No matter what the weather – there was swimming. I know Chris was thinking what I was – which is WTF is going on?! But we both decided to just go with the flow. Even though our captain knew one word in English that he would yell to get our attention – HELLAH – and then occasionally he would yell – HA LONG – I guess to remind us we were on Ha Long bay. It was still a beautiful day. Although it was a day that made me lean more toward booking further tours with everything all included as opposed to playing broken telephone with hotel desk jockeys. Today is scooter around the island day. It’s also the day to decide where to go next …….. north or south…..
Truth be told I am having a love hate with Laos. It is at turns beautiful, crumbling, dusty, lush, friendly, rude and above all smokey. We have yet to see a snippet of blue sky or the hills and mountains that surround the city unless we are in the back of a tuk tuk driving up them. On our first day we hopped in a tuk tuk and headed up to Sueng Ki the famous waterfall with milky green water. And boy was it famous. The parking area rimmed with little lunch kiosks was rammed with busses, taxis and tuk tuks. Around the corner the wide gravel and dirt road leading to the entrance was lined with more food stalls, T-shirt hawkers and ice cream tuktuks. We pay our entrance fee and stream past the gate towards the falls. Then a happy accident – there is a moon bear sanctuary – I’m embarrassed to admit I had never heard of moon bears. They are over hunted for their gall bladders for medicine in China and they are also kept in cruelly small cages as tourist draws to restaurants and shops across Laos. We are given a tour by a wonderfully informative Australian guide. Aside from Sabine kicking what might have been the heaviest foot stool in the world over onto my big toe it was a lovely bonus experience. Then it was on to the falls – which were in fact beautiful – what was visible beneath the masses of tourists of which Chinese outnumber backpackers at least four to one. Chinese tourists get a bad rap. Yes they swarm around indiscriminately and think nothing of pushing in front of anyone – small children included – to get a good selfie. They are also very joyous with lots of laughing and joking around. Not to mention on the day we were at the waterfall I saw quite a few snappy dressers and the men were not afraid to strip down to their skivvies for a dip in the cool waters. The main downside we have found – and this is not exclusively directed at Chinese tourists because this has been our experience everywhere we have been in South East Asia – people really like to touch the kids without asking them first. They also snap pictures of them as well. Sabine – who is never afraid to speak her mind – just loudly says, “Don’t touch me!” But Anderson can be a little more skittish and on this day he scooted away quickly and ended up falling down causing embarrassment on both sides. The water was cold and the pools were also filled with the foot cleaning fish. The kids didn’t love it but managed to get in and swim up to the falls.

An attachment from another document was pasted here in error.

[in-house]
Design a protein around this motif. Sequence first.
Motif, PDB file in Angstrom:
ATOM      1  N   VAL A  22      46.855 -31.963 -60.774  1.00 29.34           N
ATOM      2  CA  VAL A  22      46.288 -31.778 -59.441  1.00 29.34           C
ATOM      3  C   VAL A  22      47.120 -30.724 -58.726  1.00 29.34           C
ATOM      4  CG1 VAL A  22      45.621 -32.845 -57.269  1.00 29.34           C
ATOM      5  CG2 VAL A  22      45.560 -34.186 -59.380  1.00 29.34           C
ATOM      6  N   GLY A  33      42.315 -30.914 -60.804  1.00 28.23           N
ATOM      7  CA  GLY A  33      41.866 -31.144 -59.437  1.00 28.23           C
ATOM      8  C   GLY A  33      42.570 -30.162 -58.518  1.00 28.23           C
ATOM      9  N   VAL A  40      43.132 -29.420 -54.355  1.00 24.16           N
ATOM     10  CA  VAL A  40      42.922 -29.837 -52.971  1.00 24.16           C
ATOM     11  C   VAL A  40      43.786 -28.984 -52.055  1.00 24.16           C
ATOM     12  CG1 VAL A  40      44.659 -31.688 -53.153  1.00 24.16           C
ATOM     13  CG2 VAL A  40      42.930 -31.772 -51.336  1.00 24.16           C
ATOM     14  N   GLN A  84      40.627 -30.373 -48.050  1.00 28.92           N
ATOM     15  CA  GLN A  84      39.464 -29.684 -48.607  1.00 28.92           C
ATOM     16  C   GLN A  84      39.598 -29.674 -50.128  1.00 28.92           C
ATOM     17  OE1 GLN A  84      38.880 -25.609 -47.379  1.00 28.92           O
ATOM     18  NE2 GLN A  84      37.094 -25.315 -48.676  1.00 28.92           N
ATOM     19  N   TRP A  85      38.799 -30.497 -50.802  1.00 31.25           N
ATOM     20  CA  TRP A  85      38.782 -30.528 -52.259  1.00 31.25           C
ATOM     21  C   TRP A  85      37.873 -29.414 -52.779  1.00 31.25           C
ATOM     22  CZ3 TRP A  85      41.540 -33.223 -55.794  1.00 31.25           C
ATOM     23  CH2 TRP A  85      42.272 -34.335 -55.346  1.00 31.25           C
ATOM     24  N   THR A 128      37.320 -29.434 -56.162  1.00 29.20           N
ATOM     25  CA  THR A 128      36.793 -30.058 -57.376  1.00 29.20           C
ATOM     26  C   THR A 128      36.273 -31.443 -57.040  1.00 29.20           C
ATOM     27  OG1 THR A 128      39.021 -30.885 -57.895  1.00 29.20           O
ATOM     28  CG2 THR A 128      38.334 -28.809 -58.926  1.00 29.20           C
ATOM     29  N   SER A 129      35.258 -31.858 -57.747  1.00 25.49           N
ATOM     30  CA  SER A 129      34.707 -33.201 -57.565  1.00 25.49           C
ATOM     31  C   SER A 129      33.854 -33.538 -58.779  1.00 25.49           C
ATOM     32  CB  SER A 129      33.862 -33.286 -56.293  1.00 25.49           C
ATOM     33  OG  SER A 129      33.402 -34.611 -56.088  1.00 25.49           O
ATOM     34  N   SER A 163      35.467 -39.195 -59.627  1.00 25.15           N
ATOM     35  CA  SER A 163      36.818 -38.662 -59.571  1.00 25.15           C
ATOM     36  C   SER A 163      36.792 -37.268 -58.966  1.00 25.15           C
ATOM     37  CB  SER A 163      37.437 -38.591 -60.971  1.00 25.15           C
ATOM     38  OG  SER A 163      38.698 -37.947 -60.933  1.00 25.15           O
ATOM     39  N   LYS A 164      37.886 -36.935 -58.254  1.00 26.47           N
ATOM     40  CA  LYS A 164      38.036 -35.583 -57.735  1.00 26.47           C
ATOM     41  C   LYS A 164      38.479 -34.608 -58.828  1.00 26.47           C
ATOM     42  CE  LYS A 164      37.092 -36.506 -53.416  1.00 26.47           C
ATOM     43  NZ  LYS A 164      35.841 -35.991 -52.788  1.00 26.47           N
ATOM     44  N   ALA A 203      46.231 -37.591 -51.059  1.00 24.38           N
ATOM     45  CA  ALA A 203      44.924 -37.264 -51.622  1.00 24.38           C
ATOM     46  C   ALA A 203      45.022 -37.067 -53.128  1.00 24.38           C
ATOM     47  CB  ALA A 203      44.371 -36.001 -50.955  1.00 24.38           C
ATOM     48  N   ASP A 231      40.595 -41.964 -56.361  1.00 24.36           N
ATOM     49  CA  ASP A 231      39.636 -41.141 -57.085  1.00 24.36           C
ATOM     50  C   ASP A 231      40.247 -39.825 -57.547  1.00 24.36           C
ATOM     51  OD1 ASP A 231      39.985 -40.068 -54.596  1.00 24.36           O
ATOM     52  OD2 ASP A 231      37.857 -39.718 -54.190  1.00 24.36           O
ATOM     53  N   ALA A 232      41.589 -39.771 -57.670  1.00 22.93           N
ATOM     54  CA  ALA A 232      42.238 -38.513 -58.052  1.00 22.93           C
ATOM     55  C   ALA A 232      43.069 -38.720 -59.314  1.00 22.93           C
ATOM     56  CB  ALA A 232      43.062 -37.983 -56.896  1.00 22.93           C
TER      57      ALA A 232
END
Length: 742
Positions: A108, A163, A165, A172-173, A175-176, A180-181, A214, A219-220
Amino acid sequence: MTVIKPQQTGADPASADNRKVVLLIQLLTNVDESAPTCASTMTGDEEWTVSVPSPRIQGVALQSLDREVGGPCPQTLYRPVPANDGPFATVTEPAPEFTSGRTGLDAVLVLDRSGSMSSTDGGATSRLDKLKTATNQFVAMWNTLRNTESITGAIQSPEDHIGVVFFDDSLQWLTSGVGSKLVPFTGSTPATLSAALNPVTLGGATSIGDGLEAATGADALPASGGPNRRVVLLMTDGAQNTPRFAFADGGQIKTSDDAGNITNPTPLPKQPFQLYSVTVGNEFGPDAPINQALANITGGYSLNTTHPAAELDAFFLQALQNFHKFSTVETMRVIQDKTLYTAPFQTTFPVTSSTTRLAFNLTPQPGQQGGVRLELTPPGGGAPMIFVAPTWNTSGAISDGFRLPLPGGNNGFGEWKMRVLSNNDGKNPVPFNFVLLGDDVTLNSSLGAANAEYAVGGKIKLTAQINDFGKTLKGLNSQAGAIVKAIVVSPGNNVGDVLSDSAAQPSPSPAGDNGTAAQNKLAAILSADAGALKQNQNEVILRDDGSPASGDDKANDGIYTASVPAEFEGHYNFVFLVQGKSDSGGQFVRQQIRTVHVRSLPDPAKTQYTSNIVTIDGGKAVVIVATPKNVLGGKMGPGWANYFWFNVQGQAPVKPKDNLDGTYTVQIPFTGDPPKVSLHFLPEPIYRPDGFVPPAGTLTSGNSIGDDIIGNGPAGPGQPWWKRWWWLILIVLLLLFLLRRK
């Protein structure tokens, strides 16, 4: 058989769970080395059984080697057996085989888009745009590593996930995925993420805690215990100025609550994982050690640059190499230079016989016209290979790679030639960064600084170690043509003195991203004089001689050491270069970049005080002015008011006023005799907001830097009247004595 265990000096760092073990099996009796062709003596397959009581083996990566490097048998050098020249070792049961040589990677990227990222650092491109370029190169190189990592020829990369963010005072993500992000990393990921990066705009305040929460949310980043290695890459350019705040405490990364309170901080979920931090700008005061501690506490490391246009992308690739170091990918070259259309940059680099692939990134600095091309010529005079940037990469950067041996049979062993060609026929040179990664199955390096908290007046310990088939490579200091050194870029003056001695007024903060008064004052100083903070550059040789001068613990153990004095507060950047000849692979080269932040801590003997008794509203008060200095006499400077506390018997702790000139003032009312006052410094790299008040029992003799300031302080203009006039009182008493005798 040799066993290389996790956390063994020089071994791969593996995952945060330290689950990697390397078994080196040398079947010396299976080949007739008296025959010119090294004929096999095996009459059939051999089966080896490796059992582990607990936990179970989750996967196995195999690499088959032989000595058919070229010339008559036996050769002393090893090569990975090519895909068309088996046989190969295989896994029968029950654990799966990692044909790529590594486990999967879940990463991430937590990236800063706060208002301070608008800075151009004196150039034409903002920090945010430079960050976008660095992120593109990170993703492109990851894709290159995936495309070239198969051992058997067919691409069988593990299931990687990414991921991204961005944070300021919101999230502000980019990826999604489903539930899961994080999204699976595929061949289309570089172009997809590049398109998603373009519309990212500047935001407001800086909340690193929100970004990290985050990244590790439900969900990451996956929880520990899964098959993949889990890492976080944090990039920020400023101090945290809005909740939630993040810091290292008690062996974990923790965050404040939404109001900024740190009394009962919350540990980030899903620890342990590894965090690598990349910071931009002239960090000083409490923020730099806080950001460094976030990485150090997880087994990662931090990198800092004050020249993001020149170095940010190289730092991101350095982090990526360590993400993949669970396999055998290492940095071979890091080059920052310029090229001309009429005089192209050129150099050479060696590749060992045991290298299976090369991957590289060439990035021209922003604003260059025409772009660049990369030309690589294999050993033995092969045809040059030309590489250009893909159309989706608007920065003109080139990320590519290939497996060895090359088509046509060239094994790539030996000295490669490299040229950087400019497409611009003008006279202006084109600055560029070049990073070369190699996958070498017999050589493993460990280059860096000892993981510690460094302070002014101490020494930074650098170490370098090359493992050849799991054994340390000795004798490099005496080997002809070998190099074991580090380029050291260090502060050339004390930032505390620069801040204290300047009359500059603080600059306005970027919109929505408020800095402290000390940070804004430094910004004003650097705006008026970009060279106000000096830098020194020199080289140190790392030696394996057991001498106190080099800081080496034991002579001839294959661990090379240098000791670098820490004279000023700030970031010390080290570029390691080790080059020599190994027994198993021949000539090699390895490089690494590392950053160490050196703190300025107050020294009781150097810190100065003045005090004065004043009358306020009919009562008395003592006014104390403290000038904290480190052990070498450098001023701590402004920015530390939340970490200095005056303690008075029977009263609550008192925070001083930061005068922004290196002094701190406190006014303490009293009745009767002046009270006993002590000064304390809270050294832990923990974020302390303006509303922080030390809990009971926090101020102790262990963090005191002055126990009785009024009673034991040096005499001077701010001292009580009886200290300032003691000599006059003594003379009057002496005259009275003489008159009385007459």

Milky waterfall water
On our first night we were set to go out for dinner – it was a little late when we got to our guesthouse after the boat and by the time we figured out where to go and what we were going to have. The night market was vetoed by the kids who even though they had been on their butts for the entire day on the boat did not want to walk. They also did not want to eat Thai food – or Laos food. After a quick search we found a Mexican restaurant – it had good reviews so we headed out the door. Only to be thwarted by an epic meltdown which left only Sabine and I in the tuk tuk on our way. I almost didn’t go but I’m so glad that I did because I met the most wonderful Australian woman named Alicia who runs the restaurant with her Laos born, Toronto raised husband Pike. Along with having two girls of her own she was a wealth knowledge on things to do in the city. We ordered take out and had a great chat while waiting for our food and then she popped us into a tuk tuk and negotiated a great price for us. Top on her list was Indigo Farms an organic farm just outside of town that has a full play land built onto it. There was a parcour course, BB guns, ninja star throwing, two play areas with toys, games, slides and balls, bunnies, baby parrots and a restaurant serving food prepared with the produce from the organic gardens. The seating for the restaurant was individual grass roofed bamboo terraces over a small pond. The only thing missing were more kids. Anderson and Chris had a blast shooting guns, driving rc trucks and doing parcour, while Sabine and I spent the day playing with toys, digging in the sand and feeding bunnies. The man who owned and ran the farm was from France so communication was easy and he was a super host. Our lunch was incredible too.
The pool we visited almost everyday
The drive home was – as usual – harrowing in the open back of a truck flying over budget gravel roads. But then we spotted a truck of monks just ahead so I guess if it’s good enough for the monks it’s good enough for us.